Typical Course Outline of a CNA Program

Typical Course Outline of a CNA Program

Are you considering becoming a Certified Nursing Assistant (CNA) and would like to know about the subjects you will need to study? While the exact classes and clinics you will need to attend vary depending on the educational facility you choose to train at, the following course outline is a good example of what you can expect.

Most CNA programs last four to 12 weeks depending on the school you attend. However, all programs are designed to prepare students for the state’s CNA exam and the demands of a career as a CNA. Described below, you will find a typical CNA course outline:

Initial Training in a CNA Program

You will learn the basics of a career as a Certified Nursing Assistant. This usually involves computer training and an introduction to basic nursing assistant skills. In most schools, this includes two courses broken up into classroom lectures, laboratories, and clinics as follows:

  • Introduction to Computers - This class will introduce you to such basic computer skills as fundamental functions and operations of computers. Through a variety of lectures and labs, you will learn about healthcare industry-related computer security issues, how to identify hardware components, use the industry software applications, and how to use computers to solve the industry problems.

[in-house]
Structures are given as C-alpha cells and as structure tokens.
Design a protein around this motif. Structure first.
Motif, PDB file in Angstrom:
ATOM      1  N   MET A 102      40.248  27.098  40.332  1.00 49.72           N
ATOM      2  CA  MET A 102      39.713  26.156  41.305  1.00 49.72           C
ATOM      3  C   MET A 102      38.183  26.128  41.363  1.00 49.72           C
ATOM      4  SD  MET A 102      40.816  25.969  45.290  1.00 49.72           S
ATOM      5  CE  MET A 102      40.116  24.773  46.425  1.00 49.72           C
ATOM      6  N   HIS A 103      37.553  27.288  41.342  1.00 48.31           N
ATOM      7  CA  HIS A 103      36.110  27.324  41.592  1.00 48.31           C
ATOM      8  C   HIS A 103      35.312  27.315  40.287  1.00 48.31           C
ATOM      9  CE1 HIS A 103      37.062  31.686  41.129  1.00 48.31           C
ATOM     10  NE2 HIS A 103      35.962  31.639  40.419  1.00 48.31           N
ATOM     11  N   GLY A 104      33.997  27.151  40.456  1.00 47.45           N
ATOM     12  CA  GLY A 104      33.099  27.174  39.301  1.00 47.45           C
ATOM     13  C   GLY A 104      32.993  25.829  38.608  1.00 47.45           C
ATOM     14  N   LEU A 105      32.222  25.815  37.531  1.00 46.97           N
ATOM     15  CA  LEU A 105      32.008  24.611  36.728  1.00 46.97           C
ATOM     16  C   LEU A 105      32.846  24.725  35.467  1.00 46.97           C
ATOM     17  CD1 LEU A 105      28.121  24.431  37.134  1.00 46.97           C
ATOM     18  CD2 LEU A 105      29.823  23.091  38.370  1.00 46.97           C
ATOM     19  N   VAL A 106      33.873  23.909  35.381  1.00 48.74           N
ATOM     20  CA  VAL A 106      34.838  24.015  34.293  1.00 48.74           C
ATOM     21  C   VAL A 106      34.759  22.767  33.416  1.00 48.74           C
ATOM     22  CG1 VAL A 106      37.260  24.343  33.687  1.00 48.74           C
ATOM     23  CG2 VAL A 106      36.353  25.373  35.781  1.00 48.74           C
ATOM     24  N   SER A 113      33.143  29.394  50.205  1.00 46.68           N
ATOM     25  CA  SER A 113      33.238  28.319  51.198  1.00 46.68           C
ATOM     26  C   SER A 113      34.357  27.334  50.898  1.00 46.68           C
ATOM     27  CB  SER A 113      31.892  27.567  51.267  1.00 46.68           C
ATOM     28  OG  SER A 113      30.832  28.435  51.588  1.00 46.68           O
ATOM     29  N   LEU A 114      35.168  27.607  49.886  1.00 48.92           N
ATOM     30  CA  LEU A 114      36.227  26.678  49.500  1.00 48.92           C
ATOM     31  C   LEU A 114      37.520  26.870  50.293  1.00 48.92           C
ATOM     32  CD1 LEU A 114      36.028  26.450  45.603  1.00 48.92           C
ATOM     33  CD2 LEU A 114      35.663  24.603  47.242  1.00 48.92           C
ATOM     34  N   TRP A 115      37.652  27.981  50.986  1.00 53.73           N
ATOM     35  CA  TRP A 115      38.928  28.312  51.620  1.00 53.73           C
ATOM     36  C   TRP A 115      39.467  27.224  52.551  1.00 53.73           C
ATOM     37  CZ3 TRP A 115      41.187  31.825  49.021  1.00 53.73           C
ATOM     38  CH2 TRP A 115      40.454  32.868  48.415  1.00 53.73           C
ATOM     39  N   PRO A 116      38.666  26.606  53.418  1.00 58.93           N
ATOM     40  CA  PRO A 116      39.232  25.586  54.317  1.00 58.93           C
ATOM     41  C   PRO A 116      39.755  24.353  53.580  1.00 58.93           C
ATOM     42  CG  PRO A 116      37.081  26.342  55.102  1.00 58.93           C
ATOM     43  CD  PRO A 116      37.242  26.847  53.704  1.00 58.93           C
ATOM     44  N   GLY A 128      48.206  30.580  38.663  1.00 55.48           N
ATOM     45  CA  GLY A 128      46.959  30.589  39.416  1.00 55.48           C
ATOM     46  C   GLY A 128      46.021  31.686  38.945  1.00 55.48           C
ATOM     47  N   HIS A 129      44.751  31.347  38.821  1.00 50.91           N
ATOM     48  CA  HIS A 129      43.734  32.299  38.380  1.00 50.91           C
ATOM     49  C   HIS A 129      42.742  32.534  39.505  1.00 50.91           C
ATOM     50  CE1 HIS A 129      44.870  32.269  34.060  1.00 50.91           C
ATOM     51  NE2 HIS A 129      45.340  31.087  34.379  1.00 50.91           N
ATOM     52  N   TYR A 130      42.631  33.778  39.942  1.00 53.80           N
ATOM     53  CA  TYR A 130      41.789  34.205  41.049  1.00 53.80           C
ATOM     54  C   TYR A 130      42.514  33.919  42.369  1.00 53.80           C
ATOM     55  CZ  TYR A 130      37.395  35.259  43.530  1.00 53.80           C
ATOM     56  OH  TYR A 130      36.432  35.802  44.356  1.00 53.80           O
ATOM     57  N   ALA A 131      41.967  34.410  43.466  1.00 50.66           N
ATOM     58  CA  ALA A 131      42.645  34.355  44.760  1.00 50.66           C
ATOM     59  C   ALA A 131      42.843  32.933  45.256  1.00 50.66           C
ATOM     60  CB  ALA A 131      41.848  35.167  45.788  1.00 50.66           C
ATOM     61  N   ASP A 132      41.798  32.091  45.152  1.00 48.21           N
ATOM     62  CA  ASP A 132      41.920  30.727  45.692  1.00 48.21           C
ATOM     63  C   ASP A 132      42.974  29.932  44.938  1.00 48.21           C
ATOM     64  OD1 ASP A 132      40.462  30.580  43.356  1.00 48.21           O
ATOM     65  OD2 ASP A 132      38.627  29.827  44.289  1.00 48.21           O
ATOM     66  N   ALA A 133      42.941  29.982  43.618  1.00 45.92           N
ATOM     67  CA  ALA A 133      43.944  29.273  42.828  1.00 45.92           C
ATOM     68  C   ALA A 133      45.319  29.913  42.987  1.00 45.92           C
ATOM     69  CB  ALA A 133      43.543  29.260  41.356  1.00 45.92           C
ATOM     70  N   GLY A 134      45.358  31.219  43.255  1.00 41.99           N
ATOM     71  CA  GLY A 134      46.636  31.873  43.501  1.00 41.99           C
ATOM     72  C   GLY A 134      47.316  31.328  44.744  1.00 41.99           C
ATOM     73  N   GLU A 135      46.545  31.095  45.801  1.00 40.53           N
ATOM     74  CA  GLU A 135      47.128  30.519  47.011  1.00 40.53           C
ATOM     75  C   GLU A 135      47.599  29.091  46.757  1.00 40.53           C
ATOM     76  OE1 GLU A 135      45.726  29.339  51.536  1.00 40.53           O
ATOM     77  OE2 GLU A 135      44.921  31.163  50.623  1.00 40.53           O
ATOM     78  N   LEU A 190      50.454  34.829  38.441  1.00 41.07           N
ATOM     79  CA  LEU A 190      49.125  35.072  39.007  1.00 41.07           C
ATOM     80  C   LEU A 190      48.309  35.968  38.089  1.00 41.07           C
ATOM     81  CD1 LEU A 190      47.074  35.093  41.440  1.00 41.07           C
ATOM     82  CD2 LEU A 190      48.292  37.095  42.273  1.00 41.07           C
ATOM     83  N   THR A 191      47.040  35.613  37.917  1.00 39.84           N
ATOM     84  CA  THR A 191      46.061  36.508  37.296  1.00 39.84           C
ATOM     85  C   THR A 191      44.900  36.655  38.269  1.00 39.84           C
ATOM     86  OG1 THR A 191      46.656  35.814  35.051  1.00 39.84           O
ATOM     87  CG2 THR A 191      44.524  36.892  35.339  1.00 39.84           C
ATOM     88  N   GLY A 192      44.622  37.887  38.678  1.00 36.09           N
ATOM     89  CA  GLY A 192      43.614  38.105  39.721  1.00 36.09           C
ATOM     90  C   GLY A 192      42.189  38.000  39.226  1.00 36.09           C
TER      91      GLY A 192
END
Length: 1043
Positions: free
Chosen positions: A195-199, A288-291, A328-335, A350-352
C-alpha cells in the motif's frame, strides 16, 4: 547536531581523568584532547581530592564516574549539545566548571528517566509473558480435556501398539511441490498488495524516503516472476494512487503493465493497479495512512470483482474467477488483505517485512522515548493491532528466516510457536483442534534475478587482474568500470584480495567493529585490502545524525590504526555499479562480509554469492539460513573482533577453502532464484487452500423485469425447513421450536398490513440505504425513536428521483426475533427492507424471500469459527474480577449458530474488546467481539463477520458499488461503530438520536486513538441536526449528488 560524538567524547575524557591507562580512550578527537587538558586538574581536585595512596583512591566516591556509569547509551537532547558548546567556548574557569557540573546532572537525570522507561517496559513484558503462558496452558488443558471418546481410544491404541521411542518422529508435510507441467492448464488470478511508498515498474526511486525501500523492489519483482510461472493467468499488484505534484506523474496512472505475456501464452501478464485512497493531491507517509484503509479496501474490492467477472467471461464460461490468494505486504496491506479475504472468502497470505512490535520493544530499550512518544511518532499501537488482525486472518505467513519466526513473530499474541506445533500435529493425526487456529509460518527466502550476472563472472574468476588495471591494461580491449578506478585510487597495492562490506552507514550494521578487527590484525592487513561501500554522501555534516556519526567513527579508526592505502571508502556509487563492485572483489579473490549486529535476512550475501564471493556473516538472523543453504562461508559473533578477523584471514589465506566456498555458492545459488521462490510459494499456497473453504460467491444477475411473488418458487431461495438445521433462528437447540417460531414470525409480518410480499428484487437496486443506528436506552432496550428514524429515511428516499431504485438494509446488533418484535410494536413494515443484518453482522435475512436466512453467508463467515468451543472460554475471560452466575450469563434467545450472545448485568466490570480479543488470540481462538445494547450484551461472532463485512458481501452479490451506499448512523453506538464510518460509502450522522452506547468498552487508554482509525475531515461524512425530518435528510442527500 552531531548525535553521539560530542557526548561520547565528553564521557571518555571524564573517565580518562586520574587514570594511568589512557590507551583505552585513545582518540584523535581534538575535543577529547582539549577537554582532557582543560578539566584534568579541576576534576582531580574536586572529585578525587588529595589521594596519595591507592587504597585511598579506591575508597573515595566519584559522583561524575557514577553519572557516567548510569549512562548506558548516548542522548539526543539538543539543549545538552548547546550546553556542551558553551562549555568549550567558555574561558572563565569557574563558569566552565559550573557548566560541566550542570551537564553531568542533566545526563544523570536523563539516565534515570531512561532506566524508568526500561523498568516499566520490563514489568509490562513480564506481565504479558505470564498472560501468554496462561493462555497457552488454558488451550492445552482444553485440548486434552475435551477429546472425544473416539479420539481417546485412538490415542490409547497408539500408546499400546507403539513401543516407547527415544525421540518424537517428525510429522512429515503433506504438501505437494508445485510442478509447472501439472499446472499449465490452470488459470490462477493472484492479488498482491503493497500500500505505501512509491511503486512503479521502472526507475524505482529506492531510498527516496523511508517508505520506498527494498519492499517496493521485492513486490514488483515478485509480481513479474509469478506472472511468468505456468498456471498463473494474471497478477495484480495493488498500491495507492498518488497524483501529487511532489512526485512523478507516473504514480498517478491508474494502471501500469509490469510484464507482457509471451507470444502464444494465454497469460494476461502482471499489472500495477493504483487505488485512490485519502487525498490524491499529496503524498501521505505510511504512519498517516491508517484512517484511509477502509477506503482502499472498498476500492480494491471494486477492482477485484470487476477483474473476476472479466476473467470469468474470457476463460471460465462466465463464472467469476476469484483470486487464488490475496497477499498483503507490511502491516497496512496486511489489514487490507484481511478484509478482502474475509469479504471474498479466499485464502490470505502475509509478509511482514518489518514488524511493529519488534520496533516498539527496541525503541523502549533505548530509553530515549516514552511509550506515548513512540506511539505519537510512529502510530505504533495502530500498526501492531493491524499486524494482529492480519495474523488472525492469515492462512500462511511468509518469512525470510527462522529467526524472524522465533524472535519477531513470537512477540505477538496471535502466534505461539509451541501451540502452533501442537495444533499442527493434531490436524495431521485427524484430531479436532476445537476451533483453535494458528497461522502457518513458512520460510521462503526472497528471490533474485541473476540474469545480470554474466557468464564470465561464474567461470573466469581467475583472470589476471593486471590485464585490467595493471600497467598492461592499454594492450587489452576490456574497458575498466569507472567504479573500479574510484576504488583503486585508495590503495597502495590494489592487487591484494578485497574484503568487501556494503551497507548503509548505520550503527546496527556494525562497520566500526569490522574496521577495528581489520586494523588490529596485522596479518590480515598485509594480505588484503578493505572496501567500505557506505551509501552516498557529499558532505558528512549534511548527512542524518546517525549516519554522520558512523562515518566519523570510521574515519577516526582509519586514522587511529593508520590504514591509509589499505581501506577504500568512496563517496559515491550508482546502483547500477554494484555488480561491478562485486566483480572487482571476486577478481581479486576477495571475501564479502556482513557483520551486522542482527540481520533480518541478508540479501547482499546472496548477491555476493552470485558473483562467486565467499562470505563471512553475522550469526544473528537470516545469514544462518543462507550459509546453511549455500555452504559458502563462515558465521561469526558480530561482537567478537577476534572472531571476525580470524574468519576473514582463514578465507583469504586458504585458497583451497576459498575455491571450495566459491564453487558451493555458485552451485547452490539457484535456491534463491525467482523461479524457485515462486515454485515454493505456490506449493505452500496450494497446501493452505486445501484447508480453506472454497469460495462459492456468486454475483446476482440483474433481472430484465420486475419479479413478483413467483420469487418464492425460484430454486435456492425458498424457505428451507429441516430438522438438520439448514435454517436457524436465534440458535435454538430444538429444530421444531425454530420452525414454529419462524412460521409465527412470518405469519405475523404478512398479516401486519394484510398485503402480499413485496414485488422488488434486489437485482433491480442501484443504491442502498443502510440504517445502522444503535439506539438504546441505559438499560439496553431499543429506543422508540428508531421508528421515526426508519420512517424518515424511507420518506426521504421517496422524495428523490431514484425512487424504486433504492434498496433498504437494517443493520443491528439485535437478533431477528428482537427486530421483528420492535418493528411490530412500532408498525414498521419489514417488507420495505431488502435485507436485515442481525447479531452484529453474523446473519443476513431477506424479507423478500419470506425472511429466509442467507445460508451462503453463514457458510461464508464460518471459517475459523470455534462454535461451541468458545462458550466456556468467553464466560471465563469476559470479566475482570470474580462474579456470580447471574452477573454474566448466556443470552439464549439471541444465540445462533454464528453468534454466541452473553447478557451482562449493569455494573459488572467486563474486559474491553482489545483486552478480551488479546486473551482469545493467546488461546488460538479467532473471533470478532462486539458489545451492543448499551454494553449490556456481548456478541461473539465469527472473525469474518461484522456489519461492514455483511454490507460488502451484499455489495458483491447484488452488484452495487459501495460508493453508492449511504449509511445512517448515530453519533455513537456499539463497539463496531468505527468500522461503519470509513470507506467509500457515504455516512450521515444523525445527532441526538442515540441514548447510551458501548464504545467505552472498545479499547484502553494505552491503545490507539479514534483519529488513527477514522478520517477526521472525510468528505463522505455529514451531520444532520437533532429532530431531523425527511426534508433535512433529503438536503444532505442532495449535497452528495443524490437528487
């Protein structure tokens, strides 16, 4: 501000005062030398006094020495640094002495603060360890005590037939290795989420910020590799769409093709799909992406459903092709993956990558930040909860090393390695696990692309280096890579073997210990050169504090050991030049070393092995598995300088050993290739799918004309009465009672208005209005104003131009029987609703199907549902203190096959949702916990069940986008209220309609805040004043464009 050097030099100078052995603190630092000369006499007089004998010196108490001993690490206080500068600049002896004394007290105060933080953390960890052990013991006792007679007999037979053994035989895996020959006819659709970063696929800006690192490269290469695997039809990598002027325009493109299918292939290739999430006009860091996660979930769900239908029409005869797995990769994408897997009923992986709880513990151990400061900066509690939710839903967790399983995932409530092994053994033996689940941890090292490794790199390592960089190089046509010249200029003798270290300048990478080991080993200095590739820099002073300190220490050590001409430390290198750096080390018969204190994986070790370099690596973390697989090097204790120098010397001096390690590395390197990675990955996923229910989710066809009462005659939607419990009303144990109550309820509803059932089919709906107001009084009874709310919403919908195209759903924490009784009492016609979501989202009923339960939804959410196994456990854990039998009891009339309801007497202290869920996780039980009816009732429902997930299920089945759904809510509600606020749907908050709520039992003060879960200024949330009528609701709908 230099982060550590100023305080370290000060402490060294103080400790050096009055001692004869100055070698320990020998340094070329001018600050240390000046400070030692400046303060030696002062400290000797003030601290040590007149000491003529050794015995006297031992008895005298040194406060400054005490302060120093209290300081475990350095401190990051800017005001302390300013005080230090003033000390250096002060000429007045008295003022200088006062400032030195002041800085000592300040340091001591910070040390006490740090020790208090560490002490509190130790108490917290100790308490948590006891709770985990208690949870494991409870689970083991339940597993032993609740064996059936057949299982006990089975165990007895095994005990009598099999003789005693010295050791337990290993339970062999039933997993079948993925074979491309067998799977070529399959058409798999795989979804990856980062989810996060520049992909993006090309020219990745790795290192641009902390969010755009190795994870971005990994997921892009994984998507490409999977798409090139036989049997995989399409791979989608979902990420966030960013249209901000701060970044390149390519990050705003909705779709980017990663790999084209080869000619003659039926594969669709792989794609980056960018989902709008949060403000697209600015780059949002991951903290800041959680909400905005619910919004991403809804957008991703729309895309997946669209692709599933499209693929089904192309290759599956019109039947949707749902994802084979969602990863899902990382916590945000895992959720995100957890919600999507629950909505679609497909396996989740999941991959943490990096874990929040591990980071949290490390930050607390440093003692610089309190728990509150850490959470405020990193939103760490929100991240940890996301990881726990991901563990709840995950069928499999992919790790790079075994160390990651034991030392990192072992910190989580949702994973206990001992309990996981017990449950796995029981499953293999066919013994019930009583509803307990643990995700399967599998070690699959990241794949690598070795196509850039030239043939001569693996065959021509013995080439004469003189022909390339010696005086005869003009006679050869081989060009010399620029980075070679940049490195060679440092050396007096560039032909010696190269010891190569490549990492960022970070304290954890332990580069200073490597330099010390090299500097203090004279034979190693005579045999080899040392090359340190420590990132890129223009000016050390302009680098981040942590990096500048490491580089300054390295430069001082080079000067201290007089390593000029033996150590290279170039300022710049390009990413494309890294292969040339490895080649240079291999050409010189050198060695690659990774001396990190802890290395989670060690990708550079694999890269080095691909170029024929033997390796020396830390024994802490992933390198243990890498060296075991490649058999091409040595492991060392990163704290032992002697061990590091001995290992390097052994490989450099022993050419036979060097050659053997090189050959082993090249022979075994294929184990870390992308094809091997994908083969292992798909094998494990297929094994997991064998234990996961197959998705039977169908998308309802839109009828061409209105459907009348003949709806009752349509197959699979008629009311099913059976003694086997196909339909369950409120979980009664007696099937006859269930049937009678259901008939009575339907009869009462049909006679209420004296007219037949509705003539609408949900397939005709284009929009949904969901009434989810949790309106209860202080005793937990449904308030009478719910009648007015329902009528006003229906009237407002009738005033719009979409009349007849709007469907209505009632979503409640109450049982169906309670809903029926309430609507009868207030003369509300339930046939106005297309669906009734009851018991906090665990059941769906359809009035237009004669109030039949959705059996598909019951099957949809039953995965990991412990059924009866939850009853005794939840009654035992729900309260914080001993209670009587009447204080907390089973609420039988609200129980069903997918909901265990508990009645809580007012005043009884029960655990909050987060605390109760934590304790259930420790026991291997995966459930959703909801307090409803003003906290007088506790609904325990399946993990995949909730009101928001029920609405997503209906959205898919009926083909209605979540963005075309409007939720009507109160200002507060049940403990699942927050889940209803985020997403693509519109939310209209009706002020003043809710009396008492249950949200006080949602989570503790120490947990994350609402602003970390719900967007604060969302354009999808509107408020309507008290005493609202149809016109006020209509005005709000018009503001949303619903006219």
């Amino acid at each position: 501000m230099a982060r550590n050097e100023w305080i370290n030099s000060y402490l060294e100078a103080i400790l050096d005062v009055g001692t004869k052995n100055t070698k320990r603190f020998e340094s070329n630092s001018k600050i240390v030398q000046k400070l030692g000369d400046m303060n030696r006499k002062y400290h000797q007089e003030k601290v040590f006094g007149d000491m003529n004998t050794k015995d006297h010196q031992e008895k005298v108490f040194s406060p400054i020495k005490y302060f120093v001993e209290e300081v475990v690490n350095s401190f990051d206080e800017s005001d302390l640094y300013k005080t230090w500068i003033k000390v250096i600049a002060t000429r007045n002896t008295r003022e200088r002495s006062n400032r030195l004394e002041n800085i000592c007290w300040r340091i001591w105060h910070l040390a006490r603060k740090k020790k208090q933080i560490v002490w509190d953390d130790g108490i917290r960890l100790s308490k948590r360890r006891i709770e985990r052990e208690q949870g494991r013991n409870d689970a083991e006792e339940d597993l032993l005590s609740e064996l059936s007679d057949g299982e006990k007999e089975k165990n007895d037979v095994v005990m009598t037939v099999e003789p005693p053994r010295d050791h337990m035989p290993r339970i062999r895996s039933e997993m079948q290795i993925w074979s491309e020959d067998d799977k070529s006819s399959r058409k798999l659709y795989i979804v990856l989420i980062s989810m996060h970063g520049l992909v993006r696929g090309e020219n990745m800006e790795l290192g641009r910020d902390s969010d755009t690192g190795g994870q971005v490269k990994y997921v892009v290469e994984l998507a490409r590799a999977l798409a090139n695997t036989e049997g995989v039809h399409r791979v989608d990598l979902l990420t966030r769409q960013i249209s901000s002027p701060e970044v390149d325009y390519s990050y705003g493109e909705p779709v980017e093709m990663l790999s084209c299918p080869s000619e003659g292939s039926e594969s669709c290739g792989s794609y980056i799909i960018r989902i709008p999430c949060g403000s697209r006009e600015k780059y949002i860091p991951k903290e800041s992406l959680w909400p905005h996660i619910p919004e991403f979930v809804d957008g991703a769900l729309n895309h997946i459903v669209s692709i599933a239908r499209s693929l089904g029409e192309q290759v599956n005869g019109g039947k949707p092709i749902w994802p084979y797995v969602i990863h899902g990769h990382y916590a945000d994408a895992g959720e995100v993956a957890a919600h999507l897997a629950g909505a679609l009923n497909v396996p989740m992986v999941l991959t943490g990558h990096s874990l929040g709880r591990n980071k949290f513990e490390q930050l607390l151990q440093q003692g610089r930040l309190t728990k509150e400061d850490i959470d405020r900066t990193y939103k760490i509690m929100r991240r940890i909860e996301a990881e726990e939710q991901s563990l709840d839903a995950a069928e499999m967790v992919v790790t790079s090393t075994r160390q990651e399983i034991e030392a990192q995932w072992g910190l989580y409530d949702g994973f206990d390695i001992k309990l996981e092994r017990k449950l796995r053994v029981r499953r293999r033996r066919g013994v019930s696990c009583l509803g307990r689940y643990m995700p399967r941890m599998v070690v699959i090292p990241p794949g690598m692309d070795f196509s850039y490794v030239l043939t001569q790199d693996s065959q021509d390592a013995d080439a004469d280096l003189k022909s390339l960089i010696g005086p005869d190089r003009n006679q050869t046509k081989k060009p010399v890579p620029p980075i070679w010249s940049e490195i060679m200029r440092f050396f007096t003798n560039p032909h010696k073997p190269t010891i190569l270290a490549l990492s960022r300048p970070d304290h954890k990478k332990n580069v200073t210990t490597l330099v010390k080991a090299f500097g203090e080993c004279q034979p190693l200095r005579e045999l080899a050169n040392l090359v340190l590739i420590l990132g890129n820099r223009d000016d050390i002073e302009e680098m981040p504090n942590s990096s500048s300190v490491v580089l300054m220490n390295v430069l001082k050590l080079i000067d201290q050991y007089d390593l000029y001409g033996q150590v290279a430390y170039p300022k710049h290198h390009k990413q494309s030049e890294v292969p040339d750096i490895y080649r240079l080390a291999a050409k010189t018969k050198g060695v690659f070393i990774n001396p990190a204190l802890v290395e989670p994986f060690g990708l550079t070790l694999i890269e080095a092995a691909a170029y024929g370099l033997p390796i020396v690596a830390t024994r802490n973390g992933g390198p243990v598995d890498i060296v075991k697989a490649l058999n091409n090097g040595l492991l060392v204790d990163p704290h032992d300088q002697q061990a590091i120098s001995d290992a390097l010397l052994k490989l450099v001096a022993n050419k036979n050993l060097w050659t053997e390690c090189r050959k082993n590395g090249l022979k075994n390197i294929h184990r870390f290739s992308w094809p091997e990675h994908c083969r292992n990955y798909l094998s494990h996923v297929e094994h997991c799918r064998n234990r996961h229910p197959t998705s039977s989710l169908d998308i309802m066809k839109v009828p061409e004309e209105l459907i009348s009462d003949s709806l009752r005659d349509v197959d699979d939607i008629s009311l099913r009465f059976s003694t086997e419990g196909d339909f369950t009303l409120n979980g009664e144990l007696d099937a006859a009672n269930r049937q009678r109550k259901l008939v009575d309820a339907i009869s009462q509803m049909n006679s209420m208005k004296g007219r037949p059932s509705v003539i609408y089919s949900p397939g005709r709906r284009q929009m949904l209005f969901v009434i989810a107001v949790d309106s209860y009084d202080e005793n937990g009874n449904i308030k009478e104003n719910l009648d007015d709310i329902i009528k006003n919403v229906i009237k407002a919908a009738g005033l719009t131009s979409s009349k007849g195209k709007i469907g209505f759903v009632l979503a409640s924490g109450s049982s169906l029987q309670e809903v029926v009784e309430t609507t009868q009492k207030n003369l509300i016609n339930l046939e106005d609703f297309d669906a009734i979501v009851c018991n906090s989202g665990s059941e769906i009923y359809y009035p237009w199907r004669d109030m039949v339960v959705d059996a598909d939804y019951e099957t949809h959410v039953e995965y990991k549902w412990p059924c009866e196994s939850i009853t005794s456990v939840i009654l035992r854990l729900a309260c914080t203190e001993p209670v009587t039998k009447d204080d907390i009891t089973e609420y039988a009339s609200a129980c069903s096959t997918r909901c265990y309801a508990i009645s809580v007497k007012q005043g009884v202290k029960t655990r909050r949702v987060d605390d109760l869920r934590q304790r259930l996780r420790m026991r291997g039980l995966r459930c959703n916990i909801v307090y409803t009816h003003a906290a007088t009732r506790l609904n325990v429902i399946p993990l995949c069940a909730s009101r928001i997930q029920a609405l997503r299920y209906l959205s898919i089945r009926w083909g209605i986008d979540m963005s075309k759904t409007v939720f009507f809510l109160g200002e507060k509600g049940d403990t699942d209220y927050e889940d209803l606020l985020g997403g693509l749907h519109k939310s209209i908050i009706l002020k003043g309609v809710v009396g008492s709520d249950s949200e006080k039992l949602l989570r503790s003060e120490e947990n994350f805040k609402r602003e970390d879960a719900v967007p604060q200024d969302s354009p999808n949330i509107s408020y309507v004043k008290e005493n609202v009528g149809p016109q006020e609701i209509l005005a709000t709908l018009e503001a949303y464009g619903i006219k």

• Certified Nursing Assistant I - The initial Certified Nursing Assistant part in a CNA program also consists of several lectures and labs that introduce you to the basic nursing assistant skills necessary to provide personal care to patients in healthcare settings. Some of the things you learn during this part of your program include nutrition, taking vital signs, patients' rights, safety, communications, rehabilitation, and emergencies. You also learn about all of the basic health issues that can affect clients in a home setting, including home safety, family dynamics, home healthcare equipment, and patient assessment.

Advanced Stage Training in a CNA Program

This stage of your CNA program provides you with more in-depth training in that you get to practice your learned skills in a supervised healthcare setting. Some programs make the clinical experience a part of their evaluation/exam i.e. you perform your learned skills in a healthcare setting to show how well you have learned them.

Are you a caring and compassionate person who loves to make a positive difference in the lives of others? If yes, a career as a CNA might be a great choice for you. Training to become a Certified Nursing Assistant can also give you a solid foundation for a career in the healthcare industry.

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